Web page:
By Kyla, Youth Advocate for #TimeToAttach
Growing up, I constantly struggled to find my own voice. It felt so complicated just to speak up about things that mattered to me. When I was adopted with my two siblings, I always felt that they needed all the space to be vocal about their problems and frustrations. I could not express how I felt about anything until I knew that my siblings were alright—and that took a lot of time.
Recently in my life there have been changes that have helped me make my voice heard. I had people around me that changed my perspective on what it’s like to really speak out. Once I realized that I’d finally had enough with everything going on around me and the anger had built up, I spoke out about my frustrations and my parents just sat and listened. I knew I could start to build trust with them at that point.
Life started to change for me from then on. My confidence grew slowly but surely and I was able to be vocal about anything. I knew I could discuss any issues I had about anything to anyone, if need be. This led me to want to be involved in bigger things. So I got involved with Adopt4Life as a youth spokesperson and went to advocate on the Hill in Ottawa. I felt that Adopt4Life was fighting for an important issue: the #TimeToAttach movement, which is about giving adoptive parents and kin and customary caregivers the right to 15 more weeks of parental leave from work, to match the time given to biological parents.
This cause was important to me because attaching to new people who are supposed to be your new parents is one of the most difficult things a child or teen can do. Being able to let anyone in my life know about my issues and accepting their reassurances was hard for me. So taking the time that I did with my adoptive parents helped a lot when it came to opening up and adapting to my life with a new family.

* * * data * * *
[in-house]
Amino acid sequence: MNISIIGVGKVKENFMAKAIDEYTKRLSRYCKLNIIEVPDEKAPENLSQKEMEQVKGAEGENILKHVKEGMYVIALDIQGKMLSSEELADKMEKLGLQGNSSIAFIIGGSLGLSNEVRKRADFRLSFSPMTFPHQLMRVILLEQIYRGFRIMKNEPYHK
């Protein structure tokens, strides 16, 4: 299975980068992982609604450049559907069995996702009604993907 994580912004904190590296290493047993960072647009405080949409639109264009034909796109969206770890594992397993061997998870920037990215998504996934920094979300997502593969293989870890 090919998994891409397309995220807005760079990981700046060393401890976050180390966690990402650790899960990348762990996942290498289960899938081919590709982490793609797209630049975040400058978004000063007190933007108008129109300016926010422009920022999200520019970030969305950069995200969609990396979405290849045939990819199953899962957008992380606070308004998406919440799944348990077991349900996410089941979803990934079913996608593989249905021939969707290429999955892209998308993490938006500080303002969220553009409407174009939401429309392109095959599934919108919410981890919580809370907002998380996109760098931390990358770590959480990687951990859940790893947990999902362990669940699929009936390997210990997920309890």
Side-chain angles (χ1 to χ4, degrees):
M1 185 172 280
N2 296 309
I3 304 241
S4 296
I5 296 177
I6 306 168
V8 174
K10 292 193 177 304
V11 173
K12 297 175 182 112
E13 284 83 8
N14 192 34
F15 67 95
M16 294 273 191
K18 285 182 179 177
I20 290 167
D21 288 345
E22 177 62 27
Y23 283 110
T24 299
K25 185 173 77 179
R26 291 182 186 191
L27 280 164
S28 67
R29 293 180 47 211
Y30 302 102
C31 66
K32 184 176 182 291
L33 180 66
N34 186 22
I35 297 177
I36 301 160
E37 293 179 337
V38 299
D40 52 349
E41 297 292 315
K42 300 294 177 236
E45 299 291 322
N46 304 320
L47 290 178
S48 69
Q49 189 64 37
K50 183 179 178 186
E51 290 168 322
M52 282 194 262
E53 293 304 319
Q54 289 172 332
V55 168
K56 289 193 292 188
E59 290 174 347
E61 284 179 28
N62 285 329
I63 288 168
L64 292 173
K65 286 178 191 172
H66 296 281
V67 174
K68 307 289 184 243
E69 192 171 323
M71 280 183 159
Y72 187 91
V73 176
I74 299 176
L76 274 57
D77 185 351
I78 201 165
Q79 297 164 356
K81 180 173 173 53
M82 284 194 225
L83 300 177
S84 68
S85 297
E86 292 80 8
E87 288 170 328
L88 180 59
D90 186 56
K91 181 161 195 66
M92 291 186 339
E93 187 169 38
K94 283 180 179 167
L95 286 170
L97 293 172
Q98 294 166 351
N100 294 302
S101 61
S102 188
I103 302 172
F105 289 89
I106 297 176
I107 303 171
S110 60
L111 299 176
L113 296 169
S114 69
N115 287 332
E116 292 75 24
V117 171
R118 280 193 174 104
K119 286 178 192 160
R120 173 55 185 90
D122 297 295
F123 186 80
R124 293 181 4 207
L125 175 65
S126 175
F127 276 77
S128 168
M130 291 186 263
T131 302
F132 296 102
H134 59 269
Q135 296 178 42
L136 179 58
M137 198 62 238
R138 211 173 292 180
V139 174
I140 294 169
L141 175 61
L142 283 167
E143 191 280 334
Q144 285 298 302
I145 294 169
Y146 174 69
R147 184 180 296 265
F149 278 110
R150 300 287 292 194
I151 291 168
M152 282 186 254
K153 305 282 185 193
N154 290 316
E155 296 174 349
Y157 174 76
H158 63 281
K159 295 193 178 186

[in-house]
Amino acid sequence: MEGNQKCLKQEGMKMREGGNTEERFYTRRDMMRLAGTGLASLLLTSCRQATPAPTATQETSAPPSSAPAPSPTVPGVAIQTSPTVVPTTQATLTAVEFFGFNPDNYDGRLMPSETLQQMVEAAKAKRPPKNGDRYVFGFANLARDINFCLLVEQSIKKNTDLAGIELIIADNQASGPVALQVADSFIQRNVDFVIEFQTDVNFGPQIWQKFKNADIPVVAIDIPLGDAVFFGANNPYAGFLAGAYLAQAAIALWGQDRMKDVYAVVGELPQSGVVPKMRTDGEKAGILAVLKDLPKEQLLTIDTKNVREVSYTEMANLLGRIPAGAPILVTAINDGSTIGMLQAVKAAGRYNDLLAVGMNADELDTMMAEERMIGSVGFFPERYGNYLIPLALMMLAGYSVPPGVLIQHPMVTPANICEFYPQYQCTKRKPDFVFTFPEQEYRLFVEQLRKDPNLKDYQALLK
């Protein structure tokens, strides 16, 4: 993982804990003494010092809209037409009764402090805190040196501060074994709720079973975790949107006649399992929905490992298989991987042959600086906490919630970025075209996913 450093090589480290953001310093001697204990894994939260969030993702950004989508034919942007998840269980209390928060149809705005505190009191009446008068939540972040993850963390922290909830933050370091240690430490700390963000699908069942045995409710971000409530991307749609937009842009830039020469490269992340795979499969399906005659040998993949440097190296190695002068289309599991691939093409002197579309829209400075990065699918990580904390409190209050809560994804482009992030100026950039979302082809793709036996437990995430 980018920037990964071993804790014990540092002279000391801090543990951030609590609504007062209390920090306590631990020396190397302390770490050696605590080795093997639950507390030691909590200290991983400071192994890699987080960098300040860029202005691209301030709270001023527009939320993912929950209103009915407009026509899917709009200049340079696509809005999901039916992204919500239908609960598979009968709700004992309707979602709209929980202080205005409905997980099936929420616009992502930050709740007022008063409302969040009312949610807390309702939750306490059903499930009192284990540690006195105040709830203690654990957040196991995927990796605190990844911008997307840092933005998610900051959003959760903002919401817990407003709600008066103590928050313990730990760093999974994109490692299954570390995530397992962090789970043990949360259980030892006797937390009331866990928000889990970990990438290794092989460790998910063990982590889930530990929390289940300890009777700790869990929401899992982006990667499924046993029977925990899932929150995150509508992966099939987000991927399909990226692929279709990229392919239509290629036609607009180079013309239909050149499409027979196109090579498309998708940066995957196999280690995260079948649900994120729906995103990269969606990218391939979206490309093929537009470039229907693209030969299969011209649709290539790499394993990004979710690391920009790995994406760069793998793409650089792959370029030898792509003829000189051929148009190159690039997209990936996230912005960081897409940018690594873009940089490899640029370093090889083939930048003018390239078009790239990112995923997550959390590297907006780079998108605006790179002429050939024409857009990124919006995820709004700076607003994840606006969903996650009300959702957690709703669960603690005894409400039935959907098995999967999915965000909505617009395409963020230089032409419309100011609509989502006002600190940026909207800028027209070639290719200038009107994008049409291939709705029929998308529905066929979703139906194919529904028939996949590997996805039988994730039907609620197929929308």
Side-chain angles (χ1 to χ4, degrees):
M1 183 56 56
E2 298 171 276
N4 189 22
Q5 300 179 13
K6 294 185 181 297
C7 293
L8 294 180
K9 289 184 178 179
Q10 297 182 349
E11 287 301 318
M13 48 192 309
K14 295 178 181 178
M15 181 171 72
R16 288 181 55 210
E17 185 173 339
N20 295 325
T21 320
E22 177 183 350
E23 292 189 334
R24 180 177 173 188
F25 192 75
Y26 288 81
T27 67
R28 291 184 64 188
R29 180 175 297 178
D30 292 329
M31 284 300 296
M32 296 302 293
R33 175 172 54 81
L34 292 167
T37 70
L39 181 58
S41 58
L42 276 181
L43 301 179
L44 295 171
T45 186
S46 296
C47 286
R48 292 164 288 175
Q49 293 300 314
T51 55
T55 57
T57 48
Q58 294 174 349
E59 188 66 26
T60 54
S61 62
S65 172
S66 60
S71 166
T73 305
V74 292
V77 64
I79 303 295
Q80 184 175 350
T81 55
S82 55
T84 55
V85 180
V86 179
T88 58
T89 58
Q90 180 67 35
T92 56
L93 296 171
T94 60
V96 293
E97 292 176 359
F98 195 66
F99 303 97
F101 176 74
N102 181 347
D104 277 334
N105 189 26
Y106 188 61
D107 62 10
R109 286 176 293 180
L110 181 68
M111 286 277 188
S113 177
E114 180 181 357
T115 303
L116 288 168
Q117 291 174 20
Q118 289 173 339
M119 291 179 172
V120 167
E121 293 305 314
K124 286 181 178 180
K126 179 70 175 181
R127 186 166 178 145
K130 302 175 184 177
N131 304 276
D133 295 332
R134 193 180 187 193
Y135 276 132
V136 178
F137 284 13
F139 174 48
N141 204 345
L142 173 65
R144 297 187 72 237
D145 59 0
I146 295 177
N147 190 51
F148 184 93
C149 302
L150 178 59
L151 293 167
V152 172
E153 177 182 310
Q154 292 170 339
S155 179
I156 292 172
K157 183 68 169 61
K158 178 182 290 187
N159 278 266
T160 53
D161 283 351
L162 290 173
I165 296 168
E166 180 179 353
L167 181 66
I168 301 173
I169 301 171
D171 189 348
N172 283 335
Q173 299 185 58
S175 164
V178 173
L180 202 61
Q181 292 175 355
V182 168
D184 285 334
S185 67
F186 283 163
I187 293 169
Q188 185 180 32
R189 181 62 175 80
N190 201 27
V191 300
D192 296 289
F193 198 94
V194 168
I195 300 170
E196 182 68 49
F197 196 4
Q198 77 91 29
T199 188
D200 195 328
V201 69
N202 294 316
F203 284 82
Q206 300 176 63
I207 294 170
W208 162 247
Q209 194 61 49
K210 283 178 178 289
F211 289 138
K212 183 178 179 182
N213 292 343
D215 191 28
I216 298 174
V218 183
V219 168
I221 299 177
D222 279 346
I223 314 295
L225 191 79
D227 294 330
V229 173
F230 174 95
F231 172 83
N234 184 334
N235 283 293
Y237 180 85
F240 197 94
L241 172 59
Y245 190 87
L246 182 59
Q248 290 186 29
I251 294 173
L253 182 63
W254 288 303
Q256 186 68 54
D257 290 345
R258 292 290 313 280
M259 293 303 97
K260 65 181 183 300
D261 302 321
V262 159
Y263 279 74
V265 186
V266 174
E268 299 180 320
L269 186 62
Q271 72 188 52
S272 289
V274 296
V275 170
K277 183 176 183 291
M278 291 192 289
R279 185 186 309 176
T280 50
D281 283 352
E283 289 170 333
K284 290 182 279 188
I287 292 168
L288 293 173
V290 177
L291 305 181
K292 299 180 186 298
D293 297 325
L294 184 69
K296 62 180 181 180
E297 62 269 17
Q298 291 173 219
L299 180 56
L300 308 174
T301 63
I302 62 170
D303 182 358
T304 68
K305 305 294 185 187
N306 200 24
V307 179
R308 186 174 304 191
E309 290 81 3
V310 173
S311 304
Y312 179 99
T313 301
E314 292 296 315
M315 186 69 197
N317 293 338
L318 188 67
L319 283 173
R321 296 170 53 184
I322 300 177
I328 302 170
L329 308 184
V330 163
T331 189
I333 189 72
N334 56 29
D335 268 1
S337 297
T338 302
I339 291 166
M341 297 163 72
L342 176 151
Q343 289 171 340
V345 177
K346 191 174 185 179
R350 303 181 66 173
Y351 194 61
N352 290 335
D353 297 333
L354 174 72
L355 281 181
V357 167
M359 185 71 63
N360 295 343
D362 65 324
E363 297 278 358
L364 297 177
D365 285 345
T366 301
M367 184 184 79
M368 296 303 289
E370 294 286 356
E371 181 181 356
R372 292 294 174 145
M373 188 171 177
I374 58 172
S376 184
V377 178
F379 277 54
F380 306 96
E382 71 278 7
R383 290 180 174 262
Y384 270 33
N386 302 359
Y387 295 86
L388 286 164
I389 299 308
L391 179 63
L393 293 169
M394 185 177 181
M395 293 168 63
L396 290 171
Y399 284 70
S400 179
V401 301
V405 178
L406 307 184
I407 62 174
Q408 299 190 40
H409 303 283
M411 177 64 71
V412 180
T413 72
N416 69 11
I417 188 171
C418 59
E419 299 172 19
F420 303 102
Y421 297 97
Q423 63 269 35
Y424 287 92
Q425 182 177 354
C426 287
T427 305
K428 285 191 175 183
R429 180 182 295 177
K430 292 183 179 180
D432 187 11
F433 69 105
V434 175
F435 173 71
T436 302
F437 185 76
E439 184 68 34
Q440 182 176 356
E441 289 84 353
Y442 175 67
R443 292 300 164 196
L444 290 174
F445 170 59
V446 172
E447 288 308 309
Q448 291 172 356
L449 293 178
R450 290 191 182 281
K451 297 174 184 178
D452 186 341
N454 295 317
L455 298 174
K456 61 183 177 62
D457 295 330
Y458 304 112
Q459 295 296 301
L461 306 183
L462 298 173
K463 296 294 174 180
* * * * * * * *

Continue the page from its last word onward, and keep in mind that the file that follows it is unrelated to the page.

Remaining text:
Meeting with all of the MPs in Ottawa felt like a great way to make a change and also a great way to tell my story and show why it was important. I no longer felt alone in the situation I’d experienced, because I had all of these wonderful women by my side working to make changes too.
On my first day in Ottawa, I walked into this whole thing not knowing who I was going to meet and how to act. Let’s just say that I was nervous, to say the least. But when we did meet the politicians, I felt a lot more at ease. When they all spoke, I realized they were just regular people. I was able to share my story, which was something that I’ve always found hard to do, because I had people in the room that actually took time to listen.
A few of the MPs in particular—Brigitte Sansoucy, Dan Ruimy and Bob Bratina—showed me that for the right cause, people will listen. They shared their own experiences involving the child welfare system and created an environment where it felt like things can get done. When we were talking to all the MPs, it was interesting to see that no party took a different political stance on the issue of giving equal parental leave to adoptive and kin and customary care families. They were all in agreement that this change needed to happen.
Once our advocacy mission was done, it gave me time to reflect and realize that when this change to the current laws is finally made, it will help so many other families. Kids going through similar things to what I did will have more time to attach to their new families and adapt to their surroundings, while their parents are also getting everything figured out, from arranging medical checkups to enrolling their kids in school to having meetings with teachers. School is one of the bigger things that takes so much time to adapt to, especially when there is so much going on all at once, it makes it hard to feel like you fit in. It took almost a year for to me to finally feel like I could start going to school. I didn’t feel like I belonged anywhere at the start.
I think that anyone can benefit from being an advocate for what they believe in. It helps make changes in the world and it helps you find your voice. You also meet many new people. This whole experience of sharing my experiences in Ottawa is almost impossible to just sum up in a blog post, because there were so many amazing parts to it that will stay with me forever. Finding a voice in this world has changed me for the better.
The opinions expressed in blogs posted reflect their author and do not represent any official stance of Adopt4Life. We respect the diversity of opinions within the adoption, kinship and customary care community and hope that these blog posts will stimulate meaningful conversations.
We're ramping up our #timetoattach campaign until April 2019, for 15 more weeks of parental leave for adoptive parents and kin and customary caregivers. To really make an impact on our mission to Ottawa, we'd like to share your experiences of what it was like helping your child to settle in and bond. Find out how to share your story.